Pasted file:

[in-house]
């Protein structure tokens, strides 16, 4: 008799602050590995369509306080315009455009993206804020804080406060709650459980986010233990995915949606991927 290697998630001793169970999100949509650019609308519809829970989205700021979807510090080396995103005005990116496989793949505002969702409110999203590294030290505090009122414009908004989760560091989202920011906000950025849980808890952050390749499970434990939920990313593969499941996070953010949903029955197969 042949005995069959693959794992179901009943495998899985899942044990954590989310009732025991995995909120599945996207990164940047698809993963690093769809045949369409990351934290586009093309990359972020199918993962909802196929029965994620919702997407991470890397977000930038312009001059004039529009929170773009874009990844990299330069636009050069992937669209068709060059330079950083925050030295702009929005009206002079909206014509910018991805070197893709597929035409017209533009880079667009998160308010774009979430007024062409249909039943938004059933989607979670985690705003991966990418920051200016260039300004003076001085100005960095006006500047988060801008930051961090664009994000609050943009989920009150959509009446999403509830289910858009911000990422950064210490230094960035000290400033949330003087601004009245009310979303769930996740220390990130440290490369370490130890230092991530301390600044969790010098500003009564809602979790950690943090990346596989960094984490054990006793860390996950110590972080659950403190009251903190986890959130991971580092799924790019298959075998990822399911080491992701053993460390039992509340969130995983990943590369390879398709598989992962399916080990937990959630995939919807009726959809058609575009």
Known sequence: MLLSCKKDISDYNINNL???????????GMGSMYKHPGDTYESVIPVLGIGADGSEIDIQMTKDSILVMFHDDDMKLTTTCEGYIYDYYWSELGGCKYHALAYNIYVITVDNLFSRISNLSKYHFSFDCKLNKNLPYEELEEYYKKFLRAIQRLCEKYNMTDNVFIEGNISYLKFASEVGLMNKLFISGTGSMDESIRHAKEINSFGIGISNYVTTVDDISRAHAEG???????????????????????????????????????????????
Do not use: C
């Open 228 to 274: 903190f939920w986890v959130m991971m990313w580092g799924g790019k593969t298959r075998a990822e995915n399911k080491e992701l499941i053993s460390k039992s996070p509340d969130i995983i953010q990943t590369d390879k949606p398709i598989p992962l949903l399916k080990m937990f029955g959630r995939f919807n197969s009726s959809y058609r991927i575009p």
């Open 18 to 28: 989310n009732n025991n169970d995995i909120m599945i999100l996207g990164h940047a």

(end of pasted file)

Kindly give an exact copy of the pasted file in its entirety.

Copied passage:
[in-house]
């Protein structure tokens, strides 16, 4: 008799602050590995369509306080315009455009993206804020804080406060709650459980986010233990995915949606991927 290697998630001793169970999100949509650019609308519809829970989205700021979807510090080396995103005005990116496989793949505002969702409110999203590294030290505090009122414009908004989760560091989202920011906000950025849980808890952050390749499970434990939920990313593969499941996070953010949903029955197969 042949005995069959693959794992179901009943495998899985899942044990954590989310009732025991995995909120599945996207990164940047698809993963690093769809045949369409990351934290586009093309990359972020199918993962909802196929029965994620919702997407991470890397977000930038312009001059004039529009929170773009874009990844990299330069636009050069992937669209068709060059330079950083925050030295702009929005009206002079909206014509910018991805070197893709597929035409017209533009880079667009998160308010774009979430007024062409249909039943938004059933989607979670985690705003991966990418920051200016260039300004003076001085100005960095006006500047988060801008930051961090664009994000609050943009989920009150959509009446999403509830289910858009911000990422950064210490230094960035000290400033949330003087601004009245009310979303769930996740220390990130440290490369370490130890230092991530301390600044969790010098500003009564809602979790950690943090990346596989960094984490054990006793860390996950110590972080659950403190009251903190986890959130991971580092799924790019298959075998990822399911080491992701053993460390039992509340969130995983990943590369390879398709598989992962399916080990937990959630995939919807009726959809058609575009």
Known sequence: MLLSCKKDISDYNINNL???????????GMGSMYKHPGDTYESVIPVLGIGADGSEIDIQMTKDSILVMFHDDDMKLTTTCEGYIYDYYWSELGGCKYHALAYNIYVITVDNLFSRISNLSKYHFSFDCKLNKNLPYEELEEYYKKFLRAIQRLCEKYNMTDNVFIEGNISYLKFASEVGLMNKLFISGTGSMDESIRHAKEINSFGIGISNYVTTVDDISRAHAEG???????????????????????????????????????????????
Do not use: C
């Open 228 to 274: 903190f939920w986890v959130m991971m990313w580092g799924g790019k593969t298959r075998a990822e995915n399911k080491e992701l499941i053993s460390k039992s996070p509340d969130i995983i953010q990943t590369d390879k949606p398709i598989p992962l949903l399916k080990m937990f029955g959630r995939f919807n197969s009726s959809y058609r991927i575009p």
């Open 18 to 28: 989310n009732n025991n169970d995995i909120m599945i999100l996207g990164h940047a």